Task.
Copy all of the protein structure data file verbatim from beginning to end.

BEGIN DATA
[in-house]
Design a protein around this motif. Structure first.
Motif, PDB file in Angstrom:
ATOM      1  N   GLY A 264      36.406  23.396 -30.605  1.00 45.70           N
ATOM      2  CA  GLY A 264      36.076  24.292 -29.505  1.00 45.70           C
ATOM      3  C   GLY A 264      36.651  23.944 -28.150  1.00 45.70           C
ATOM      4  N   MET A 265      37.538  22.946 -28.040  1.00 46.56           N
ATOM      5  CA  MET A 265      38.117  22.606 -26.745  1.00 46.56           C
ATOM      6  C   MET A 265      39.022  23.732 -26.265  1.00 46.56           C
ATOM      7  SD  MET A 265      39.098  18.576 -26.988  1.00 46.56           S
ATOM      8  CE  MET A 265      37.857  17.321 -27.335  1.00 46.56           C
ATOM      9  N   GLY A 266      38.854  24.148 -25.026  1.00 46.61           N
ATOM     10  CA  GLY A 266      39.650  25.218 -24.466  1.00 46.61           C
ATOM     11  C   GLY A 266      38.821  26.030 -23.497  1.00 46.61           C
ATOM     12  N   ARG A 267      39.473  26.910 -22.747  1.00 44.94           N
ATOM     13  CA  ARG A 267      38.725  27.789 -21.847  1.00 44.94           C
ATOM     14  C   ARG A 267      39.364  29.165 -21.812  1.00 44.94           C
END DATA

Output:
[in-house]
Design a protein around this motif. Structure first.
Motif, PDB file in Angstrom:
ATOM      1  N   GLY A 264      36.406  23.396 -30.605  1.00 45.70           N
ATOM      2  CA  GLY A 264      36.076  24.292 -29.505  1.00 45.70           C
ATOM      3  C   GLY A 264      36.651  23.944 -28.150  1.00 45.70           C
ATOM      4  N   MET A 265      37.538  22.946 -28.040  1.00 46.56           N
ATOM      5  CA  MET A 265      38.117  22.606 -26.745  1.00 46.56           C
ATOM      6  C   MET A 265      39.022  23.732 -26.265  1.00 46.56           C
ATOM      7  SD  MET A 265      39.098  18.576 -26.988  1.00 46.56           S
ATOM      8  CE  MET A 265      37.857  17.321 -27.335  1.00 46.56           C
ATOM      9  N   GLY A 266      38.854  24.148 -25.026  1.00 46.61           N
ATOM     10  CA  GLY A 266      39.650  25.218 -24.466  1.00 46.61           C
ATOM     11  C   GLY A 266      38.821  26.030 -23.497  1.00 46.61           C
ATOM     12  N   ARG A 267      39.473  26.910 -22.747  1.00 44.94           N
ATOM     13  CA  ARG A 267      38.725  27.789 -21.847  1.00 44.94           C
ATOM     14  C   ARG A 267      39.364  29.165 -21.812  1.00 44.94           C